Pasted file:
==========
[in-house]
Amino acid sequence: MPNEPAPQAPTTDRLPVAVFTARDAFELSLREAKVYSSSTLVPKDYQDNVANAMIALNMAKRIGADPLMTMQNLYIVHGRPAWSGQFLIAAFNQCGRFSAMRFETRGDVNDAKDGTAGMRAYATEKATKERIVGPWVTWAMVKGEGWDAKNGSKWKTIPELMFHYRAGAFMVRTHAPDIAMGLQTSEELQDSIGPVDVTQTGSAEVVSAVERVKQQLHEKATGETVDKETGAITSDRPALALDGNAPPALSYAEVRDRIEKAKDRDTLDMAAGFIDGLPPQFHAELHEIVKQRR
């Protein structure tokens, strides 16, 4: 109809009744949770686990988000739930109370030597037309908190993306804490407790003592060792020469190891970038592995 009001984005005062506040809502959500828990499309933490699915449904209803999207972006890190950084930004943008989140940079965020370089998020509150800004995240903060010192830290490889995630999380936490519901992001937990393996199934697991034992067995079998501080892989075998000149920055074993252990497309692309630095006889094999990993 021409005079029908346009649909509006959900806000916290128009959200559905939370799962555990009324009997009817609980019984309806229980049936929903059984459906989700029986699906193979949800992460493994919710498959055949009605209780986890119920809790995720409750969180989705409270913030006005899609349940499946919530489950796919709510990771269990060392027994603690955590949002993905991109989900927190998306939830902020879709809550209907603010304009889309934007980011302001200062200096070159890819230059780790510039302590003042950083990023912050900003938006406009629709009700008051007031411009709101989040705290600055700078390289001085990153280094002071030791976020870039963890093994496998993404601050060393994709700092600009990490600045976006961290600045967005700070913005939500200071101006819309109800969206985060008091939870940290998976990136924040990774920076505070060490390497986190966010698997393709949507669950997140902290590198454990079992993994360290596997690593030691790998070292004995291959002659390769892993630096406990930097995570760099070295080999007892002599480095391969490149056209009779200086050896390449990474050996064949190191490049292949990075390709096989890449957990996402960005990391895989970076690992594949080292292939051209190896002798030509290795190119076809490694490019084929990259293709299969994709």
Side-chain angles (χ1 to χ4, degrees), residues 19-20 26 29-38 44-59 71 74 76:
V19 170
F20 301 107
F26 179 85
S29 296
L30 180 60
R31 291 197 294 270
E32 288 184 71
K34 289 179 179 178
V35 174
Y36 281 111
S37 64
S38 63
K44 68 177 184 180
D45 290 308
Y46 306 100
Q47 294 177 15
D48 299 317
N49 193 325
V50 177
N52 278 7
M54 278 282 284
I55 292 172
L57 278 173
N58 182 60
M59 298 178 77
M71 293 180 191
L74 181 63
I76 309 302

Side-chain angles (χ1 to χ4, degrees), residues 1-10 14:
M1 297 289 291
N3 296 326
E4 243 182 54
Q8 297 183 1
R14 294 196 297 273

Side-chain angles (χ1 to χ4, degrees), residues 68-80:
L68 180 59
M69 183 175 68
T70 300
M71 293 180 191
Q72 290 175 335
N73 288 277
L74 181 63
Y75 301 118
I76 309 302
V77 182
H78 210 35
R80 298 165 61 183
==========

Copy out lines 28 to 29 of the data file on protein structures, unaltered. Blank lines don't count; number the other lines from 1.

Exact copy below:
N58 182 60
M59 298 178 77